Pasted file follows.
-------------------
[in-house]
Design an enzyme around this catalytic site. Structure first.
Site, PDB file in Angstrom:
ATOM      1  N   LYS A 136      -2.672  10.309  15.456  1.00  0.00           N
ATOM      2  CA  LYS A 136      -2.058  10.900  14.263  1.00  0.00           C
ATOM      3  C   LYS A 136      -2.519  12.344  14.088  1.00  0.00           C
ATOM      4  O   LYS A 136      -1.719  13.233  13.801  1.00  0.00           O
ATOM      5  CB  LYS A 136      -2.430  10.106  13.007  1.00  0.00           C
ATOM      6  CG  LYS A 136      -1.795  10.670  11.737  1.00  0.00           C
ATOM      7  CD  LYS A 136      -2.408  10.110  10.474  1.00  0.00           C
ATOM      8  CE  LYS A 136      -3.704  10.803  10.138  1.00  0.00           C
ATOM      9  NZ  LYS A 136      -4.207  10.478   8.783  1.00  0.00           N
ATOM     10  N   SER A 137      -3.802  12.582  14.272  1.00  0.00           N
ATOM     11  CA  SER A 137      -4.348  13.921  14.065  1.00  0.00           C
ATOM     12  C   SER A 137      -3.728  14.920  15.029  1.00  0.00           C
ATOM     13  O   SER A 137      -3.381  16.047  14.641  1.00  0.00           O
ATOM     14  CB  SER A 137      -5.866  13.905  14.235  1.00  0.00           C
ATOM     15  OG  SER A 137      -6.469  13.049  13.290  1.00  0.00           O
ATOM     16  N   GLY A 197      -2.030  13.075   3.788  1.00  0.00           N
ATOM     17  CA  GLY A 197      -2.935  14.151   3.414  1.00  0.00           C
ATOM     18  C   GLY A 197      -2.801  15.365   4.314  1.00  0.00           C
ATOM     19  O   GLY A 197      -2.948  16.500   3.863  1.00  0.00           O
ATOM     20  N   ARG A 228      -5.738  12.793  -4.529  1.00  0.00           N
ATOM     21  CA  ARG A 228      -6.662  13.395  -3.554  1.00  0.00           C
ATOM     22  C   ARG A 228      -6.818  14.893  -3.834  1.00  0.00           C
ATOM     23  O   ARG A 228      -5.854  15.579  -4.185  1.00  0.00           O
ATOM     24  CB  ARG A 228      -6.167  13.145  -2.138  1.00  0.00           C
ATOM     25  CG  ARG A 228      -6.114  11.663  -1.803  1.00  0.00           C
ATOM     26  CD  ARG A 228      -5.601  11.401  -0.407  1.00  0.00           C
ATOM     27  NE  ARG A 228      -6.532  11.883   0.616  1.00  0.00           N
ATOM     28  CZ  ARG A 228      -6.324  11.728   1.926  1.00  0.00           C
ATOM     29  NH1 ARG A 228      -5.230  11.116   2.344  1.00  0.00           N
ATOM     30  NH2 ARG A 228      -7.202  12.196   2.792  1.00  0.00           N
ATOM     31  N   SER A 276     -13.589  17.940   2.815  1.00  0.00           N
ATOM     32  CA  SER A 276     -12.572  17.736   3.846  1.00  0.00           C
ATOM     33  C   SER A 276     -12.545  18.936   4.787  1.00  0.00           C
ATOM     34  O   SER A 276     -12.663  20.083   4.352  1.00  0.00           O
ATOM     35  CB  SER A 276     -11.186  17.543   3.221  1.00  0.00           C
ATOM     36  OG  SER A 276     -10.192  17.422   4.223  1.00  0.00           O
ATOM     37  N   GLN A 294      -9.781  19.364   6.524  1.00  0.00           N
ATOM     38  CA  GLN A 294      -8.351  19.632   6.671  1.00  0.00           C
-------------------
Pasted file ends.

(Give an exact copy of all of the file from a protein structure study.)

[in-house]
Design an enzyme around this catalytic site. Structure first.
Site, PDB file in Angstrom:
ATOM      1  N   LYS A 136      -2.672  10.309  15.456  1.00  0.00           N
ATOM      2  CA  LYS A 136      -2.058  10.900  14.263  1.00  0.00           C
ATOM      3  C   LYS A 136      -2.519  12.344  14.088  1.00  0.00           C
ATOM      4  O   LYS A 136      -1.719  13.233  13.801  1.00  0.00           O
ATOM      5  CB  LYS A 136      -2.430  10.106  13.007  1.00  0.00           C
ATOM      6  CG  LYS A 136      -1.795  10.670  11.737  1.00  0.00           C
ATOM      7  CD  LYS A 136      -2.408  10.110  10.474  1.00  0.00           C
ATOM      8  CE  LYS A 136      -3.704  10.803  10.138  1.00  0.00           C
ATOM      9  NZ  LYS A 136      -4.207  10.478   8.783  1.00  0.00           N
ATOM     10  N   SER A 137      -3.802  12.582  14.272  1.00  0.00           N
ATOM     11  CA  SER A 137      -4.348  13.921  14.065  1.00  0.00           C
ATOM     12  C   SER A 137      -3.728  14.920  15.029  1.00  0.00           C
ATOM     13  O   SER A 137      -3.381  16.047  14.641  1.00  0.00           O
ATOM     14  CB  SER A 137      -5.866  13.905  14.235  1.00  0.00           C
ATOM     15  OG  SER A 137      -6.469  13.049  13.290  1.00  0.00           O
ATOM     16  N   GLY A 197      -2.030  13.075   3.788  1.00  0.00           N
ATOM     17  CA  GLY A 197      -2.935  14.151   3.414  1.00  0.00           C
ATOM     18  C   GLY A 197      -2.801  15.365   4.314  1.00  0.00           C
ATOM     19  O   GLY A 197      -2.948  16.500   3.863  1.00  0.00           O
ATOM     20  N   ARG A 228      -5.738  12.793  -4.529  1.00  0.00           N
ATOM     21  CA  ARG A 228      -6.662  13.395  -3.554  1.00  0.00           C
ATOM     22  C   ARG A 228      -6.818  14.893  -3.834  1.00  0.00           C
ATOM     23  O   ARG A 228      -5.854  15.579  -4.185  1.00  0.00           O
ATOM     24  CB  ARG A 228      -6.167  13.145  -2.138  1.00  0.00           C
ATOM     25  CG  ARG A 228      -6.114  11.663  -1.803  1.00  0.00           C
ATOM     26  CD  ARG A 228      -5.601  11.401  -0.407  1.00  0.00           C
ATOM     27  NE  ARG A 228      -6.532  11.883   0.616  1.00  0.00           N
ATOM     28  CZ  ARG A 228      -6.324  11.728   1.926  1.00  0.00           C
ATOM     29  NH1 ARG A 228      -5.230  11.116   2.344  1.00  0.00           N
ATOM     30  NH2 ARG A 228      -7.202  12.196   2.792  1.00  0.00           N
ATOM     31  N   SER A 276     -13.589  17.940   2.815  1.00  0.00           N
ATOM     32  CA  SER A 276     -12.572  17.736   3.846  1.00  0.00           C
ATOM     33  C   SER A 276     -12.545  18.936   4.787  1.00  0.00           C
ATOM     34  O   SER A 276     -12.663  20.083   4.352  1.00  0.00           O
ATOM     35  CB  SER A 276     -11.186  17.543   3.221  1.00  0.00           C
ATOM     36  OG  SER A 276     -10.192  17.422   4.223  1.00  0.00           O
ATOM     37  N   GLN A 294      -9.781  19.364   6.524  1.00  0.00           N
ATOM     38  CA  GLN A 294      -8.351  19.632   6.671  1.00  0.00           C